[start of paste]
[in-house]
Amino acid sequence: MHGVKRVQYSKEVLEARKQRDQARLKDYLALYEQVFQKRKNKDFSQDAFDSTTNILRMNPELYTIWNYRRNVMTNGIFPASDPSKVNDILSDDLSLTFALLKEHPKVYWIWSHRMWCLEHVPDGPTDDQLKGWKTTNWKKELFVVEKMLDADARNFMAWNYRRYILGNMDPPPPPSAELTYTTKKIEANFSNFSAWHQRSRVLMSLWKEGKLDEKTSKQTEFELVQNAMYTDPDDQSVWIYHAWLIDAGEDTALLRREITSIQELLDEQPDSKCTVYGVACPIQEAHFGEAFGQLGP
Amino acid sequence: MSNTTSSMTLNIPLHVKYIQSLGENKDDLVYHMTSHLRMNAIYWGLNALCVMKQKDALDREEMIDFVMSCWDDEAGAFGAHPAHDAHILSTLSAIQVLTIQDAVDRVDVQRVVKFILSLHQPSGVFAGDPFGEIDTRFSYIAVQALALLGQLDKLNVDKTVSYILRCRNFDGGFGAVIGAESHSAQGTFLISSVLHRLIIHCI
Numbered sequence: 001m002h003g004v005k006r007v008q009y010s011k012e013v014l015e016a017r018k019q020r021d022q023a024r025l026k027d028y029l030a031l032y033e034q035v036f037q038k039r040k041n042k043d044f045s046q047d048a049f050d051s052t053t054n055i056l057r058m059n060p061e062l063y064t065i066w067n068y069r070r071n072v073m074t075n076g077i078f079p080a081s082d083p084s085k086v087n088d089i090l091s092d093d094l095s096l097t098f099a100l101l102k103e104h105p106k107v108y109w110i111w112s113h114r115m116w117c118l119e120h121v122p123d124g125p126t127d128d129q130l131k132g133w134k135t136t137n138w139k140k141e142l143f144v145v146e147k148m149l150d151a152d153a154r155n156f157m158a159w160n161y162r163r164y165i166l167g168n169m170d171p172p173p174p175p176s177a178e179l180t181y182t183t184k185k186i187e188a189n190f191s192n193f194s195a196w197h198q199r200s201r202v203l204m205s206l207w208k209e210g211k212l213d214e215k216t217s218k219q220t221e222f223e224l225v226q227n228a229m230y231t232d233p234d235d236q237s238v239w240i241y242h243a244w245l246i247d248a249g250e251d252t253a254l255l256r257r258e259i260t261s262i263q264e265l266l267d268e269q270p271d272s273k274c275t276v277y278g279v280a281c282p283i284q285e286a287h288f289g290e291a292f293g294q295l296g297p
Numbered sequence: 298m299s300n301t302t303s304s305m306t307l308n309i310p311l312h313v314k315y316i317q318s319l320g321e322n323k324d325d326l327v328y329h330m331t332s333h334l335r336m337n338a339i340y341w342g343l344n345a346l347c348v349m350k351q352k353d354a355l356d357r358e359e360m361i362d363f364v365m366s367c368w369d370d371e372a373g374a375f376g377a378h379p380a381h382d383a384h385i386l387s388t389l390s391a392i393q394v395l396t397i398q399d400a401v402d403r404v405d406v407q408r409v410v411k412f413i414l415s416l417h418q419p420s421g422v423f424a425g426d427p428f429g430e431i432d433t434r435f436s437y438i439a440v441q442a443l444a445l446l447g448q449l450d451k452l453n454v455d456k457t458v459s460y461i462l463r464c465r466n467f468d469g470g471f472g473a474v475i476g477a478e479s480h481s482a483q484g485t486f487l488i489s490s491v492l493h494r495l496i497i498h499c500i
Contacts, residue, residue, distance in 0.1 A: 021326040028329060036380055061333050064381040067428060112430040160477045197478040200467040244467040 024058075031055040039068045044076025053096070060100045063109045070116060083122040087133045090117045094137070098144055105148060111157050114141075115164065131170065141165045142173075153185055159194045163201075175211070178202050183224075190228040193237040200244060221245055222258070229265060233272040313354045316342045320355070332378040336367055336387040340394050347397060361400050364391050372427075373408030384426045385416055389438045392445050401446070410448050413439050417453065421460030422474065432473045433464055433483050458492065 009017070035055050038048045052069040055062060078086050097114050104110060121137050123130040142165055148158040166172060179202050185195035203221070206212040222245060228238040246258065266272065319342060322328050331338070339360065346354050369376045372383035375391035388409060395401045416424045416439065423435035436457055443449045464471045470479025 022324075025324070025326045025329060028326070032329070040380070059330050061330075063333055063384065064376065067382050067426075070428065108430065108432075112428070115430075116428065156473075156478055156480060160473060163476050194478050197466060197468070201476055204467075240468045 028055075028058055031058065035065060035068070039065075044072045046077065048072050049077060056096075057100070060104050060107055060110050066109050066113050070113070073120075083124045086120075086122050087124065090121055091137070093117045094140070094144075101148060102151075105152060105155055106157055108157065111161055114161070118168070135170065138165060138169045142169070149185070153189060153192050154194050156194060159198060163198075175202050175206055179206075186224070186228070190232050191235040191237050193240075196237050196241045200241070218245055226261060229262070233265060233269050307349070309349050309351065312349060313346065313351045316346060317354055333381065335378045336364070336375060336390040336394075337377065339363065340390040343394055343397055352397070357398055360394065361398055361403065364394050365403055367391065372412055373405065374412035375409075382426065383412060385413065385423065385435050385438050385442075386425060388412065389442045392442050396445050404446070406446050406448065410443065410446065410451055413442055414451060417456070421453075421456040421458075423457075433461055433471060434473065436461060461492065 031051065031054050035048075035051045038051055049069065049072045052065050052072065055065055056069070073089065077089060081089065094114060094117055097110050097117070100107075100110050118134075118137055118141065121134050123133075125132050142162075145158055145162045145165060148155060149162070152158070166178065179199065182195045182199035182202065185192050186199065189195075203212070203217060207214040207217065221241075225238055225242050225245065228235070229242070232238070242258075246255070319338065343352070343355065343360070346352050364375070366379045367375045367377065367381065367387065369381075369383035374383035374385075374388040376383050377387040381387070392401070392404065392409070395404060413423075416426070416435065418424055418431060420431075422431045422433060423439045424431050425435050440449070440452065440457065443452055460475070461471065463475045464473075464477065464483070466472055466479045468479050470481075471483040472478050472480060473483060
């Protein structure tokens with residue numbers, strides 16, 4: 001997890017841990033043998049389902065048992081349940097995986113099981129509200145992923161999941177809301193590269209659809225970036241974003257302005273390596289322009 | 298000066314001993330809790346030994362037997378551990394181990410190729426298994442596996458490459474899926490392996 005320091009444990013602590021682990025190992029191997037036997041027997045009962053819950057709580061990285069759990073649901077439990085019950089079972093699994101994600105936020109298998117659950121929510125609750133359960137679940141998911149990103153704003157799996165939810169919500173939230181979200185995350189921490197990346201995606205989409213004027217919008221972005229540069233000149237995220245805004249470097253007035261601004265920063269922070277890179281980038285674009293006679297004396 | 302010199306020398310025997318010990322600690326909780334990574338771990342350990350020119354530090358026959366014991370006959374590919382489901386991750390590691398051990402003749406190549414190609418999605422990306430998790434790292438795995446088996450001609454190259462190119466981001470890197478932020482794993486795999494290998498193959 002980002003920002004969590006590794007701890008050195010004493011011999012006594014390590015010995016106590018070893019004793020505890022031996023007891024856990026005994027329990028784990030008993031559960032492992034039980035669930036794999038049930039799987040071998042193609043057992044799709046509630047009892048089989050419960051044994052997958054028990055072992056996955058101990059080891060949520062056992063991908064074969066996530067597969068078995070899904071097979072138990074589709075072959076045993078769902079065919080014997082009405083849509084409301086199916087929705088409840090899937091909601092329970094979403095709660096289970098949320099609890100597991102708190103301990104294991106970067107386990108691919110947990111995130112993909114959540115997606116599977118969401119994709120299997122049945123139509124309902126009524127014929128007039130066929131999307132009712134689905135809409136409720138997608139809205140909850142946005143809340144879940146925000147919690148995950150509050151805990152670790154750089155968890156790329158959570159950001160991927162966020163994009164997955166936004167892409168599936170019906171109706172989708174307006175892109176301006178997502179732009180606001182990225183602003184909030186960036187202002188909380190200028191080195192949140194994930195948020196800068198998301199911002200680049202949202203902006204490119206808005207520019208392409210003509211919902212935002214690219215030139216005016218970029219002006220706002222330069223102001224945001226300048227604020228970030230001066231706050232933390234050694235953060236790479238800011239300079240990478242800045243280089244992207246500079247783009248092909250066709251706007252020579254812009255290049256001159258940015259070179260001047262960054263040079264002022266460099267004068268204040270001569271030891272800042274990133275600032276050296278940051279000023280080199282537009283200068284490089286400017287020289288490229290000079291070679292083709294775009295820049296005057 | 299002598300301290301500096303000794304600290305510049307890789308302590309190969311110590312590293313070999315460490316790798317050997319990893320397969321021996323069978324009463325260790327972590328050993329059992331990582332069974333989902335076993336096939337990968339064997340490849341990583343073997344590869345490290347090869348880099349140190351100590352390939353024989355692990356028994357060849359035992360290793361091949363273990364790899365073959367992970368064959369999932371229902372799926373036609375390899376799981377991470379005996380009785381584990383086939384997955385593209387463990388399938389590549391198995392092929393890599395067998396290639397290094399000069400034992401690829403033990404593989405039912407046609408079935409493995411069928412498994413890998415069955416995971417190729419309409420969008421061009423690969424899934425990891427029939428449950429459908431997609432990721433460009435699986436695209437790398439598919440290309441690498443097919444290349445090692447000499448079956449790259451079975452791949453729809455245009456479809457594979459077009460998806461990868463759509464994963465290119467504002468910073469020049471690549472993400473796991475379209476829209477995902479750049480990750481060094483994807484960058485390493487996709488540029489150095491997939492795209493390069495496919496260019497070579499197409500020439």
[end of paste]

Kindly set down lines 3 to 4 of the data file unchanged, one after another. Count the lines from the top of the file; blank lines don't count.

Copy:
Amino acid sequence: MSNTTSSMTLNIPLHVKYIQSLGENKDDLVYHMTSHLRMNAIYWGLNALCVMKQKDALDREEMIDFVMSCWDDEAGAFGAHPAHDAHILSTLSAIQVLTIQDAVDRVDVQRVVKFILSLHQPSGVFAGDPFGEIDTRFSYIAVQALALLGQLDKLNVDKTVSYILRCRNFDGGFGAVIGAESHSAQGTFLISSVLHRLIIHCI
Numbered sequence: 001m002h003g004v005k006r007v008q009y010s011k012e013v014l015e016a017r018k019q020r021d022q023a024r025l026k027d028y029l030a031l032y033e034q035v036f037q038k039r040k041n042k043d044f045s046q047d048a049f050d051s052t053t054n055i056l057r058m059n060p061e062l063y064t065i066w067n068y069r070r071n072v073m074t075n076g077i078f079p080a081s082d083p084s085k086v087n088d089i090l091s092d093d094l095s096l097t098f099a100l101l102k103e104h105p106k107v108y109w110i111w112s113h114r115m116w117c118l119e120h121v122p123d124g125p126t127d128d129q130l131k132g133w134k135t136t137n138w139k140k141e142l143f144v145v146e147k148m149l150d151a152d153a154r155n156f157m158a159w160n161y162r163r164y165i166l167g168n169m170d171p172p173p174p175p176s177a178e179l180t181y182t183t184k185k186i187e188a189n190f191s192n193f194s195a196w197h198q199r200s201r202v203l204m205s206l207w208k209e210g211k212l213d214e215k216t217s218k219q220t221e222f223e224l225v226q227n228a229m230y231t232d233p234d235d236q237s238v239w240i241y242h243a244w245l246i247d248a249g250e251d252t253a254l255l256r257r258e259i260t261s262i263q264e265l266l267d268e269q270p271d272s273k274c275t276v277y278g279v280a281c282p283i284q285e286a287h288f289g290e291a292f293g294q295l296g297p